For those of you who follow or have followed this blog with some regularity, I’m sure you’re wondering why there have been very few mentions of Positively Anonymous in the last few months. I talked about the story a ton back in February and March, in part because I was under the impression that I was almost ready to query. And then, once I became a member of a regular critique group, because I thought that the majority of the editing I had left to do was minor.
Spoiler alert: I was wrong.
It’s never a fun thing to realize you aren’t nearly as far along on a manuscript as you thought, especially when time constraints of one kind or another have led to four or five different drafts in just under two years. And it removes a lot of the enjoyment from a project when people whose work you love and whose opinions you’ve grown to respect tell you that there’s still a reasonable amount of work to do.
And yet, there’s something refreshing about the constant feedback I’ve been getting on Positively Anonymous. Even though I have to straighten my spine before diving into each new set of comments, it has been fascinating to watch other writers suggest ways to improve my story that I–in all my haste–might never have thought of. For every note that makes me cringe because the person who made it was 100% correct, and how could I have sent out a drift with that issue, and oh my God, I suck, there are others that alight my imagination with all these new possibilities.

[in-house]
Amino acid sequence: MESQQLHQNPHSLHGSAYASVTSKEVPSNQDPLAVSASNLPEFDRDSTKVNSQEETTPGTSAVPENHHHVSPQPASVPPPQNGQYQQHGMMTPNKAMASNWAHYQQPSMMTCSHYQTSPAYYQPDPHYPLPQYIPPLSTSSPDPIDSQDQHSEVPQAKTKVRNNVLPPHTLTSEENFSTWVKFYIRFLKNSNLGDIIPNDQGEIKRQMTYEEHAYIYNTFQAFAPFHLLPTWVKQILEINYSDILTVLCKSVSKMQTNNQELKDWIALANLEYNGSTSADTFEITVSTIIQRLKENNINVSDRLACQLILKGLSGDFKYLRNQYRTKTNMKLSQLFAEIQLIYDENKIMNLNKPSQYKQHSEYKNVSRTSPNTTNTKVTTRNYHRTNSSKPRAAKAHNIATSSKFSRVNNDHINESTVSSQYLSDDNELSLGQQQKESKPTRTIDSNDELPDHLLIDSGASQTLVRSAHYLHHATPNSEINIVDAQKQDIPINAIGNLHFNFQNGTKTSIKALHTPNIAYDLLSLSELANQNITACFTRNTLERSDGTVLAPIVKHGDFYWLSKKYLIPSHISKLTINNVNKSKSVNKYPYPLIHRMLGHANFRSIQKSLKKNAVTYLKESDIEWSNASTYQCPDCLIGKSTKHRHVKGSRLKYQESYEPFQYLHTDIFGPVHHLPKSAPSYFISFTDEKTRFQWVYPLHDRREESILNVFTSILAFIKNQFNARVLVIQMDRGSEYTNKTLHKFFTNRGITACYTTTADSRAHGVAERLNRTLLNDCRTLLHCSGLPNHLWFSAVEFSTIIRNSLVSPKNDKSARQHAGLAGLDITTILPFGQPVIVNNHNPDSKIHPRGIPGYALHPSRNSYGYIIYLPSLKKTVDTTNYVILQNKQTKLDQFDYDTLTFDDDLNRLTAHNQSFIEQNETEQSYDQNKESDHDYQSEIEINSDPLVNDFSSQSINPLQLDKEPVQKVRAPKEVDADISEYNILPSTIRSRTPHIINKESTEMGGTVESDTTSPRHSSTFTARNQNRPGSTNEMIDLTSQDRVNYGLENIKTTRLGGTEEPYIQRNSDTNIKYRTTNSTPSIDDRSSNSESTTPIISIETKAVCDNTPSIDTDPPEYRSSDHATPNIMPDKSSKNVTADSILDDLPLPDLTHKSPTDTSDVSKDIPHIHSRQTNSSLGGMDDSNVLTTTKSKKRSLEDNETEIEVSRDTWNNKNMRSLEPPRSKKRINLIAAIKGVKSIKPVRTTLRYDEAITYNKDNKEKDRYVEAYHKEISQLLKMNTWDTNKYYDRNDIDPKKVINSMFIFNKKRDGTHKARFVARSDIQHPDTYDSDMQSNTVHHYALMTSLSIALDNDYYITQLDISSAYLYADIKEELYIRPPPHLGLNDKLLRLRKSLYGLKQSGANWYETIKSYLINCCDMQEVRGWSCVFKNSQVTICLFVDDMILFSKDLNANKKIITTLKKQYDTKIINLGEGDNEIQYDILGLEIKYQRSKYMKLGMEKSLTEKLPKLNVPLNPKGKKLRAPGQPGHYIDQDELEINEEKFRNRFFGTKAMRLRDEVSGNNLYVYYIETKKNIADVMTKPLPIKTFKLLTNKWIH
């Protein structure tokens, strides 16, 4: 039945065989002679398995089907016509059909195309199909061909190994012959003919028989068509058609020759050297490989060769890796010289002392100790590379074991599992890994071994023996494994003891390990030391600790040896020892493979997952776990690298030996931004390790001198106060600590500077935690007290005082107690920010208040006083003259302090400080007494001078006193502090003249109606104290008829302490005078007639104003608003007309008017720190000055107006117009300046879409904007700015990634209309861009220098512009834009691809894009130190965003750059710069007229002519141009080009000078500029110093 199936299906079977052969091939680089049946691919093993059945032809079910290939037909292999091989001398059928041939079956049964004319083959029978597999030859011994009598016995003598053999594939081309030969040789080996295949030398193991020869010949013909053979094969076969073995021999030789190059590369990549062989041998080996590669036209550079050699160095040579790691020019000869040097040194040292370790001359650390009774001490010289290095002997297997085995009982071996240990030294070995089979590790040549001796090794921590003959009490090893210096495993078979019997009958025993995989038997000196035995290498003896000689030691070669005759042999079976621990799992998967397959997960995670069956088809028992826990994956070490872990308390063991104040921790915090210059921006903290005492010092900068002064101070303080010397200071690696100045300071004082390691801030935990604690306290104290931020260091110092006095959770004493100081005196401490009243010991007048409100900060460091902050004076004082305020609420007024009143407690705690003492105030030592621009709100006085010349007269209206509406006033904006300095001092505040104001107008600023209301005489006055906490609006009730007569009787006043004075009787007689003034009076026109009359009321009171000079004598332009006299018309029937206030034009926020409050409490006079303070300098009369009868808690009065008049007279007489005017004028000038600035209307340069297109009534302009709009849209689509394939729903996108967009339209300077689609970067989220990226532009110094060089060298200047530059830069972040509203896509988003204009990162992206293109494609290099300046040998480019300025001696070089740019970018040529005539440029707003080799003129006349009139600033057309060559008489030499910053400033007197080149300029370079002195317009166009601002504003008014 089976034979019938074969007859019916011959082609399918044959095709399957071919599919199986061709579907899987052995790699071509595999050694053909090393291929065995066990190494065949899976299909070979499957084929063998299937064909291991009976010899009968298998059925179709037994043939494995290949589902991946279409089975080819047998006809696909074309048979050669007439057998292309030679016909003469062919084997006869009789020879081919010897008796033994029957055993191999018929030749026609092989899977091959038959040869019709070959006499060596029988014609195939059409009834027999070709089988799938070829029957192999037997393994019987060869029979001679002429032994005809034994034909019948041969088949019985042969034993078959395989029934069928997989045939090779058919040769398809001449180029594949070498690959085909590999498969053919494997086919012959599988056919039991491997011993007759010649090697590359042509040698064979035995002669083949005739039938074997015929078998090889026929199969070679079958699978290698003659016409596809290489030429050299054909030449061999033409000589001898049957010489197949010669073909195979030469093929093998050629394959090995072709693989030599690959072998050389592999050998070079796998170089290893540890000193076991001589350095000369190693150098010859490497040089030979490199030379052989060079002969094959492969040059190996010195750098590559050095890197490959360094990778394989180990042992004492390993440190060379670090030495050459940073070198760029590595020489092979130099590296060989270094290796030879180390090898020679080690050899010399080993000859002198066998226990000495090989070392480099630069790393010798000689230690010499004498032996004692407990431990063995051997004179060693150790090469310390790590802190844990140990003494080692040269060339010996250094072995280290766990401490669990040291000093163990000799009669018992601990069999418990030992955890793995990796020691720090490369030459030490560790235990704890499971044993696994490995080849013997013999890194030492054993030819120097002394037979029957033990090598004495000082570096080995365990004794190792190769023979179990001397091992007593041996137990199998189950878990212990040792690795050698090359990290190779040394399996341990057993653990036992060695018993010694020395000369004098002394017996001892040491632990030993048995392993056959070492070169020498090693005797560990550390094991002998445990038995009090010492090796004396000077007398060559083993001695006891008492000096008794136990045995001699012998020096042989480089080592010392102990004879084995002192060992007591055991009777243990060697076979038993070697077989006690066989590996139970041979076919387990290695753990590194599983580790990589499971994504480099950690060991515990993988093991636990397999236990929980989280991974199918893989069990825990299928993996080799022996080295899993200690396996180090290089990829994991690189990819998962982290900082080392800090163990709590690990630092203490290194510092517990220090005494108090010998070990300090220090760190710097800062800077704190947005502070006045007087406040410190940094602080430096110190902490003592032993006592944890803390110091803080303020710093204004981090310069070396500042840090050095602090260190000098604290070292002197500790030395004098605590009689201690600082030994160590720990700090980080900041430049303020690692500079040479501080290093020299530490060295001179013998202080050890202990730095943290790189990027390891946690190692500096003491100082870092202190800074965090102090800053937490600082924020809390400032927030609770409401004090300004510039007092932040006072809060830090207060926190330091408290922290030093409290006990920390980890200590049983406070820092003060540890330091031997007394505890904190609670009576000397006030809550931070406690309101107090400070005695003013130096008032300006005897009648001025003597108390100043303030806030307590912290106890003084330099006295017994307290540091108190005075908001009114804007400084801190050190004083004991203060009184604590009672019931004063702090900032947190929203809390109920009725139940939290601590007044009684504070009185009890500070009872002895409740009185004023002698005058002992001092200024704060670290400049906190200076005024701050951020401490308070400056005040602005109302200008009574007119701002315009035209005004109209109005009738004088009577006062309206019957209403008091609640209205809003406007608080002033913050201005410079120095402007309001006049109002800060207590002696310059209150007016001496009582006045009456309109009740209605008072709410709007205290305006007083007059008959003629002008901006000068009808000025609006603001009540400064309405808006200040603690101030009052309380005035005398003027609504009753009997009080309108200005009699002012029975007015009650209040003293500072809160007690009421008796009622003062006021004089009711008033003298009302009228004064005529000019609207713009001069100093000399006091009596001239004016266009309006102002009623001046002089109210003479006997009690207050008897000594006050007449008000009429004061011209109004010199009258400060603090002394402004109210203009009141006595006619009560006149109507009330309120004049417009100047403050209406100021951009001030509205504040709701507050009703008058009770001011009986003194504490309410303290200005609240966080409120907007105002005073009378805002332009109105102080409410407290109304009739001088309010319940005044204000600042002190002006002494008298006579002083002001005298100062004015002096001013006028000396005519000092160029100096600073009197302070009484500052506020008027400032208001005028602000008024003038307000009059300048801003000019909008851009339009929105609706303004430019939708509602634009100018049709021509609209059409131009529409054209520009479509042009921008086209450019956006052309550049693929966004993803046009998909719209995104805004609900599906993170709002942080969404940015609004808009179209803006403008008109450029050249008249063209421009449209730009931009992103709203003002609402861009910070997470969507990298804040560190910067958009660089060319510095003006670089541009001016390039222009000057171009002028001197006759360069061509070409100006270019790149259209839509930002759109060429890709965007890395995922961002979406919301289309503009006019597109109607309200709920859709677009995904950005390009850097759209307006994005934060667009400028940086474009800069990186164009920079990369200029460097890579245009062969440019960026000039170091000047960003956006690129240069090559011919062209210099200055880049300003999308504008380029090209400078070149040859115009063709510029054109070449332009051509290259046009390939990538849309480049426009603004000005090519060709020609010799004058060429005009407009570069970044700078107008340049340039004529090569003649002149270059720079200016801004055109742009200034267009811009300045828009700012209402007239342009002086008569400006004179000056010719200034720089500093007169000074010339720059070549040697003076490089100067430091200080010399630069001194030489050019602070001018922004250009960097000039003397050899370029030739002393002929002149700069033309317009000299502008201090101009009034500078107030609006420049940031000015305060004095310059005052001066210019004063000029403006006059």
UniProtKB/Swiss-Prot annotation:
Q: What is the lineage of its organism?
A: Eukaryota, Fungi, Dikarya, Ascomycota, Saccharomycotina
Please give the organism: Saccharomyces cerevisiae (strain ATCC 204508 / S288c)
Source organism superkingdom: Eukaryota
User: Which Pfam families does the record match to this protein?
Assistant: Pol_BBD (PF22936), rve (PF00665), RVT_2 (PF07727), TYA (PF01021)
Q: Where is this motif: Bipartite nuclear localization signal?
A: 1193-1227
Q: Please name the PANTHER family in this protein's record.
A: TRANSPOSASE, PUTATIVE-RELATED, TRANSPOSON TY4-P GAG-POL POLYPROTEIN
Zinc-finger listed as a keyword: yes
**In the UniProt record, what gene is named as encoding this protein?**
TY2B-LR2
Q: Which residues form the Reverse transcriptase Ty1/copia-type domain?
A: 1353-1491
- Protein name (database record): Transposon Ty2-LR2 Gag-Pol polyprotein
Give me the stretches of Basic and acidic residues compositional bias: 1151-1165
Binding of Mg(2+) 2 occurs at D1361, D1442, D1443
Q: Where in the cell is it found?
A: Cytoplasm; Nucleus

Listing all the things that need to be fixed, or adjusted, or tweaked sends my mind in all these directions I wouldn’t have given a second thought to when I began. No matter how many pages I fill with critique notes in one of my journals, one thing never changes. I always come away from those sessions ready to get to work.
That’s the positive thing about delayed plans, the thing that no one ever mentions. With the anxious anticipation of preparing to query completely off my radar for the time being, I no longer worry about rushing the story. I’m much more content to get a whole manuscript worth of feedback, develop ideas to make Positively Anonymous more engrossing, and take my time with what will hopefully be the final round of edits before I start sending it out.
I’m not going to make the same mistake I made with The Recruited. This time, I’m going to sit on my hands for as long as it takes to whip this story into the absolute best shape I can.
Now that I have a whole host of awesome writers to brainstorm with, I’m actually looking forward to that process!